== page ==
This chapter discusses the gradual movement in the period 1980–1987 towards the development of a broad-based nature conservation directive at EEC level extending beyond bird conservation to cover other groups and habitats.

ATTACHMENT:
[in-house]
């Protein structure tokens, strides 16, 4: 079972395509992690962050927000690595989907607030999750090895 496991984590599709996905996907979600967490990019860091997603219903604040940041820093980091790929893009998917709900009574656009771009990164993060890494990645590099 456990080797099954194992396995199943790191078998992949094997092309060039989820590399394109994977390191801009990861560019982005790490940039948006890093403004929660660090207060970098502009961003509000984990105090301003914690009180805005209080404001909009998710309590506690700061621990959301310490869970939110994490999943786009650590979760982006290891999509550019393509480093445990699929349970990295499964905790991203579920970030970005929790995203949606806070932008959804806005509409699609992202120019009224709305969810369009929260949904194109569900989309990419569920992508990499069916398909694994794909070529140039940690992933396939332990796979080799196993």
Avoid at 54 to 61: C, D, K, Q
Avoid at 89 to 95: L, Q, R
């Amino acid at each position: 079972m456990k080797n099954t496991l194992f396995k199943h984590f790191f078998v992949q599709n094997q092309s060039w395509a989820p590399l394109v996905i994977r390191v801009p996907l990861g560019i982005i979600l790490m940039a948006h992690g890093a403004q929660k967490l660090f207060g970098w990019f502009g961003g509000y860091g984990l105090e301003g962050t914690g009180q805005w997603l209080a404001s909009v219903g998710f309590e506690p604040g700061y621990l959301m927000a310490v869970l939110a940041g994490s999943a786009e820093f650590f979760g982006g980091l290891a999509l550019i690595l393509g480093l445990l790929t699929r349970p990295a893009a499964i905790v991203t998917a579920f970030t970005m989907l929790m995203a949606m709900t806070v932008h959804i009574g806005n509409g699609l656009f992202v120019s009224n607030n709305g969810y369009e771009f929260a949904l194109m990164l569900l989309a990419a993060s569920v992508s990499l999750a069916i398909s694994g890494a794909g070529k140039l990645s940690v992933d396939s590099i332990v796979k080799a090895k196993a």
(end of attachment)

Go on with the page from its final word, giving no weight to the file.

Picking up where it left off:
Topics addressed include: clear plans within the European Commission as early as 1980 to develop what would later become the Habitats Directive; the relationship between the EEC’s nature policy/law and the Council of Europe’s Bern Convention (1979); the role of the European Parliament, including MEPs Stanley Johnson and Hemmo Muntingh, from 1979–1984; the significance of the first major treaty revision in the form of the Single European Act (1986); legal actions taken by the European Commission during the 1980s in respect of the Birds Directive, including a significant case in respect of Duich Moss on the Isle of Islay in Scotland; the importance of financing for nature conservation at EEC level, and Member State resistance to extending the availability of EEC financing beyond bird conservation; Stanley Johnson’s return to the European Commission in 1984; and the significance and role of the European Commission’s CORINE (Coordination of Information on the Environment) programme.